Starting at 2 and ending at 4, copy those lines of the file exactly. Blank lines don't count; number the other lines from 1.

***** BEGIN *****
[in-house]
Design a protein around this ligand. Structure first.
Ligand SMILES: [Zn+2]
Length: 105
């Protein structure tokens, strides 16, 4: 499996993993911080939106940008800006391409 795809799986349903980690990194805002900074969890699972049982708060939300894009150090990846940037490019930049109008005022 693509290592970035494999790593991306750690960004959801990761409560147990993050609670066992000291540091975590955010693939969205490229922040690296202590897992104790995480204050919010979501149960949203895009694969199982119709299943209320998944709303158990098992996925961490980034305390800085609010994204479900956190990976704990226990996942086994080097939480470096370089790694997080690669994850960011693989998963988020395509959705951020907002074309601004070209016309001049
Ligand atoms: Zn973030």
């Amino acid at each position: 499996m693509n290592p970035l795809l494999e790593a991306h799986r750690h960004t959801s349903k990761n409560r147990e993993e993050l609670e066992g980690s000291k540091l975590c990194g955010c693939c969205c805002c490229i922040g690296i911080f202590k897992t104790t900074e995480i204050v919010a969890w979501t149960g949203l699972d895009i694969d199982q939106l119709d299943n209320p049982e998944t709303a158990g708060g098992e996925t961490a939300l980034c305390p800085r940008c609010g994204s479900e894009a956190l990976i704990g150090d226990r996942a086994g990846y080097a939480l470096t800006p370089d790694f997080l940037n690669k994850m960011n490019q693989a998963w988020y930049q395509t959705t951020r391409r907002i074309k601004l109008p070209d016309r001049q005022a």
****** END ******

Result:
Design a protein around this ligand. Structure first.
Ligand SMILES: [Zn+2]
Length: 105